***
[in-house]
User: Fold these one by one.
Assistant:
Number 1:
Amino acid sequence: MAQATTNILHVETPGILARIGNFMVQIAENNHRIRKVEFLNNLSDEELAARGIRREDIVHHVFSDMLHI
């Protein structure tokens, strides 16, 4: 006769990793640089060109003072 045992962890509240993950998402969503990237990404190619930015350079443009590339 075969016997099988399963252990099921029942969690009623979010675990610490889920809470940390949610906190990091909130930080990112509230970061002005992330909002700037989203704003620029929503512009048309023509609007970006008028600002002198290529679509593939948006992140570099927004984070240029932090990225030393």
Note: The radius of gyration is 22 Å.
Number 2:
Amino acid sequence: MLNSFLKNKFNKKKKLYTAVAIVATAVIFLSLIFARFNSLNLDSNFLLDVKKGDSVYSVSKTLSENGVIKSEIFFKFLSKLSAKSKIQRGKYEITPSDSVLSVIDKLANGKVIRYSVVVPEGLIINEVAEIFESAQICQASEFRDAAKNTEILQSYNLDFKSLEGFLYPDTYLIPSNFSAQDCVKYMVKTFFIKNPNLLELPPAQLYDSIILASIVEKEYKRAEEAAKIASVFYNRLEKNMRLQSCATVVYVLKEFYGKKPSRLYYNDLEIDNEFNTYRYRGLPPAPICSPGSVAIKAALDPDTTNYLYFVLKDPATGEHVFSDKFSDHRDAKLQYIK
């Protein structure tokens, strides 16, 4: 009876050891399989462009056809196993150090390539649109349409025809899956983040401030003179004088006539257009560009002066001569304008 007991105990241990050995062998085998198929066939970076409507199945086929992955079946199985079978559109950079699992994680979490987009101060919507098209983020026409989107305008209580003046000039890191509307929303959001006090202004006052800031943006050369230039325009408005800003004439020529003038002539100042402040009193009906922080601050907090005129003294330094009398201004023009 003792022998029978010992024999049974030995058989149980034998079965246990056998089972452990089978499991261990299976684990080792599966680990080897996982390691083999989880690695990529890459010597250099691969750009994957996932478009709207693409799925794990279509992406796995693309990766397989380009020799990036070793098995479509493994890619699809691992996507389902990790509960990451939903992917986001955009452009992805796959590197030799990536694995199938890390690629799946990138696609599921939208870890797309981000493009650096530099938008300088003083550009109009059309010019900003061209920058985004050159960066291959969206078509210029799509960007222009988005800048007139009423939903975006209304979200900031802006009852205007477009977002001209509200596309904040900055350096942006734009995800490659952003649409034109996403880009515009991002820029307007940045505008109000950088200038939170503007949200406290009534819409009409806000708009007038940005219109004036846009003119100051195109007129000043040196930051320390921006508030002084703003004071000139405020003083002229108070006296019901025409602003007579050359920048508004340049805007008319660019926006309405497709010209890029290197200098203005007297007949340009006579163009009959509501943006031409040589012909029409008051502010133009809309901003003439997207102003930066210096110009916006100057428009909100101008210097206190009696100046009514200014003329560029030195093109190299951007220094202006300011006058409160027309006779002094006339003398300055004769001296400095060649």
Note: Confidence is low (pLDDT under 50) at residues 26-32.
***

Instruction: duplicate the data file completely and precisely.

[in-house]
User: Fold these one by one.
Assistant:
Number 1:
Amino acid sequence: MAQATTNILHVETPGILARIGNFMVQIAENNHRIRKVEFLNNLSDEELAARGIRREDIVHHVFSDMLHI
């Protein structure tokens, strides 16, 4: 006769990793640089060109003072 045992962890509240993950998402969503990237990404190619930015350079443009590339 075969016997099988399963252990099921029942969690009623979010675990610490889920809470940390949610906190990091909130930080990112509230970061002005992330909002700037989203704003620029929503512009048309023509609007970006008028600002002198290529679509593939948006992140570099927004984070240029932090990225030393």
Note: The radius of gyration is 22 Å.
Number 2:
Amino acid sequence: MLNSFLKNKFNKKKKLYTAVAIVATAVIFLSLIFARFNSLNLDSNFLLDVKKGDSVYSVSKTLSENGVIKSEIFFKFLSKLSAKSKIQRGKYEITPSDSVLSVIDKLANGKVIRYSVVVPEGLIINEVAEIFESAQICQASEFRDAAKNTEILQSYNLDFKSLEGFLYPDTYLIPSNFSAQDCVKYMVKTFFIKNPNLLELPPAQLYDSIILASIVEKEYKRAEEAAKIASVFYNRLEKNMRLQSCATVVYVLKEFYGKKPSRLYYNDLEIDNEFNTYRYRGLPPAPICSPGSVAIKAALDPDTTNYLYFVLKDPATGEHVFSDKFSDHRDAKLQYIK
């Protein structure tokens, strides 16, 4: 009876050891399989462009056809196993150090390539649109349409025809899956983040401030003179004088006539257009560009002066001569304008 007991105990241990050995062998085998198929066939970076409507199945086929992955079946199985079978559109950079699992994680979490987009101060919507098209983020026409989107305008209580003046000039890191509307929303959001006090202004006052800031943006050369230039325009408005800003004439020529003038002539100042402040009193009906922080601050907090005129003294330094009398201004023009 003792022998029978010992024999049974030995058989149980034998079965246990056998089972452990089978499991261990299976684990080792599966680990080897996982390691083999989880690695990529890459010597250099691969750009994957996932478009709207693409799925794990279509992406796995693309990766397989380009020799990036070793098995479509493994890619699809691992996507389902990790509960990451939903992917986001955009452009992805796959590197030799990536694995199938890390690629799946990138696609599921939208870890797309981000493009650096530099938008300088003083550009109009059309010019900003061209920058985004050159960066291959969206078509210029799509960007222009988005800048007139009423939903975006209304979200900031802006009852205007477009977002001209509200596309904040900055350096942006734009995800490659952003649409034109996403880009515009991002820029307007940045505008109000950088200038939170503007949200406290009534819409009409806000708009007038940005219109004036846009003119100051195109007129000043040196930051320390921006508030002084703003004071000139405020003083002229108070006296019901025409602003007579050359920048508004340049805007008319660019926006309405497709010209890029290197200098203005007297007949340009006579163009009959509501943006031409040589012909029409008051502010133009809309901003003439997207102003930066210096110009916006100057428009909100101008210097206190009696100046009514200014003329560029030195093109190299951007220094202006300011006058409160027309006779002094006339003398300055004769001296400095060649």
Note: Confidence is low (pLDDT under 50) at residues 26-32.